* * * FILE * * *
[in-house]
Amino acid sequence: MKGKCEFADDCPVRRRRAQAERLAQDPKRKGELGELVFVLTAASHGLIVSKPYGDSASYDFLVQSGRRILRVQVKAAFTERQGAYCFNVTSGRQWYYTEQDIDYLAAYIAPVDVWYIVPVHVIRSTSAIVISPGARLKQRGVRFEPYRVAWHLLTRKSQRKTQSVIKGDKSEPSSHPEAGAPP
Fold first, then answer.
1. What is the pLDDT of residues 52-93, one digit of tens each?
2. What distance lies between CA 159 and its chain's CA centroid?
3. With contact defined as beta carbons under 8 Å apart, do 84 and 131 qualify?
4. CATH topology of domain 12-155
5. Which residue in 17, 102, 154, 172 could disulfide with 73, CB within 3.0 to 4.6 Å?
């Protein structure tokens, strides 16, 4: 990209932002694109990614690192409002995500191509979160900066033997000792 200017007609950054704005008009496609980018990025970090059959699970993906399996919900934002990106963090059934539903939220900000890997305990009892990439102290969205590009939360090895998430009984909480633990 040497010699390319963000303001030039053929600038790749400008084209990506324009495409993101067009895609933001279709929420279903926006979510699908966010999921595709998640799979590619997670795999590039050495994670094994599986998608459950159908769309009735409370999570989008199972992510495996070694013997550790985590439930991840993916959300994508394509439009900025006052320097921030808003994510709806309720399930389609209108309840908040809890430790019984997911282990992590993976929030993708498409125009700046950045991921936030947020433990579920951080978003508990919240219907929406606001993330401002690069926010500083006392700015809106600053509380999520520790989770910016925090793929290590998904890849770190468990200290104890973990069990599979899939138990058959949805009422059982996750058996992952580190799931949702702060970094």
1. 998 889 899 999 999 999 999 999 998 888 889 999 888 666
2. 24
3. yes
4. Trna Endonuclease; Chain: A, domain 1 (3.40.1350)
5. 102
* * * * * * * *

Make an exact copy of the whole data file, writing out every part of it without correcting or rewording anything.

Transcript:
[in-house]
Amino acid sequence: MKGKCEFADDCPVRRRRAQAERLAQDPKRKGELGELVFVLTAASHGLIVSKPYGDSASYDFLVQSGRRILRVQVKAAFTERQGAYCFNVTSGRQWYYTEQDIDYLAAYIAPVDVWYIVPVHVIRSTSAIVISPGARLKQRGVRFEPYRVAWHLLTRKSQRKTQSVIKGDKSEPSSHPEAGAPP
Fold first, then answer.
1. What is the pLDDT of residues 52-93, one digit of tens each?
2. What distance lies between CA 159 and its chain's CA centroid?
3. With contact defined as beta carbons under 8 Å apart, do 84 and 131 qualify?
4. CATH topology of domain 12-155
5. Which residue in 17, 102, 154, 172 could disulfide with 73, CB within 3.0 to 4.6 Å?
């Protein structure tokens, strides 16, 4: 990209932002694109990614690192409002995500191509979160900066033997000792 200017007609950054704005008009496609980018990025970090059959699970993906399996919900934002990106963090059934539903939220900000890997305990009892990439102290969205590009939360090895998430009984909480633990 040497010699390319963000303001030039053929600038790749400008084209990506324009495409993101067009895609933001279709929420279903926006979510699908966010999921595709998640799979590619997670795999590039050495994670094994599986998608459950159908769309009735409370999570989008199972992510495996070694013997550790985590439930991840993916959300994508394509439009900025006052320097921030808003994510709806309720399930389609209108309840908040809890430790019984997911282990992590993976929030993708498409125009700046950045991921936030947020433990579920951080978003508990919240219907929406606001993330401002690069926010500083006392700015809106600053509380999520520790989770910016925090793929290590998904890849770190468990200290104890973990069990599979899939138990058959949805009422059982996750058996992952580190799931949702702060970094």
1. 998 889 899 999 999 999 999 999 998 888 889 999 888 666
2. 24
3. yes
4. Trna Endonuclease; Chain: A, domain 1 (3.40.1350)
5. 102